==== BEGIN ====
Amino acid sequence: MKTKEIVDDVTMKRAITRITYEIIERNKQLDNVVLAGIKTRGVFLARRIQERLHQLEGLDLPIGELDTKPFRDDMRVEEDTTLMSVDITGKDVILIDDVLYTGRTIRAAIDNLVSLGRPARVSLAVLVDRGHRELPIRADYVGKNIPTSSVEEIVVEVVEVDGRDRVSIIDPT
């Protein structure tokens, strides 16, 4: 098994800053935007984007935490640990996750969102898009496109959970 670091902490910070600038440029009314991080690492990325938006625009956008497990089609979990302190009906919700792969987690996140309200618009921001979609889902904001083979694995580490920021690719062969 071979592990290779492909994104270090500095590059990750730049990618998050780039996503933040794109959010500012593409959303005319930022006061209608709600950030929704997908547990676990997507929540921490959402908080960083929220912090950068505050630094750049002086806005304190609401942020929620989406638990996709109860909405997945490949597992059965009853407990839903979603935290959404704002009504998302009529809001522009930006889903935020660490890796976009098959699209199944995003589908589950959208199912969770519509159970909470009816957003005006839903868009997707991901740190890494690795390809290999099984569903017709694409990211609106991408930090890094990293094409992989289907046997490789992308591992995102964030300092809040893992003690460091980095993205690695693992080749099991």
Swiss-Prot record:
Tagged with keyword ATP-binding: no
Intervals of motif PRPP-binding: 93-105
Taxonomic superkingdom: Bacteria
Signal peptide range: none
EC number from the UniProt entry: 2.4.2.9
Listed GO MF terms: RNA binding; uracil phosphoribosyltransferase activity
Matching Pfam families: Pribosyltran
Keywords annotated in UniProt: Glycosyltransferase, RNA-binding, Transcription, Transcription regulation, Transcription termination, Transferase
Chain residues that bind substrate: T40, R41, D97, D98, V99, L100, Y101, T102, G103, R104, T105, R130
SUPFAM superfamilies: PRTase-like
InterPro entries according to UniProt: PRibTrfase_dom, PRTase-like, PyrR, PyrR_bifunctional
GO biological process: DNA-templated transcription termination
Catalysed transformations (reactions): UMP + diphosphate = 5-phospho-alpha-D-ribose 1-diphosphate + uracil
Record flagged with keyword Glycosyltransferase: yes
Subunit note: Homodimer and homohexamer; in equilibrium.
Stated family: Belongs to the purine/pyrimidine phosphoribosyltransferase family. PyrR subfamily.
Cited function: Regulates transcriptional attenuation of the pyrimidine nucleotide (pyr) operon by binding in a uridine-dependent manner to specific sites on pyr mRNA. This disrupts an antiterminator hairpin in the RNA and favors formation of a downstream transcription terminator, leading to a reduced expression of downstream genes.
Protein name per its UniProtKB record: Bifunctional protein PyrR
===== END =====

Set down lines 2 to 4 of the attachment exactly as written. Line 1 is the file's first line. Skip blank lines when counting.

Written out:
């Protein structure tokens, strides 16, 4: 098994800053935007984007935490640990996750969102898009496109959970 670091902490910070600038440029009314991080690492990325938006625009956008497990089609979990302190009906919700792969987690996140309200618009921001979609889902904001083979694995580490920021690719062969 071979592990290779492909994104270090500095590059990750730049990618998050780039996503933040794109959010500012593409959303005319930022006061209608709600950030929704997908547990676990997507929540921490959402908080960083929220912090950068505050630094750049002086806005304190609401942020929620989406638990996709109860909405997945490949597992059965009853407990839903979603935290959404704002009504998302009529809001522009930006889903935020660490890796976009098959699209199944995003589908589950959208199912969770519509159970909470009816957003005006839903868009997707991901740190890494690795390809290999099984569903017709694409990211609106991408930090890094990293094409992989289907046997490789992308591992995102964030300092809040893992003690460091980095993205690695693992080749099991």
Swiss-Prot record:
Tagged with keyword ATP-binding: no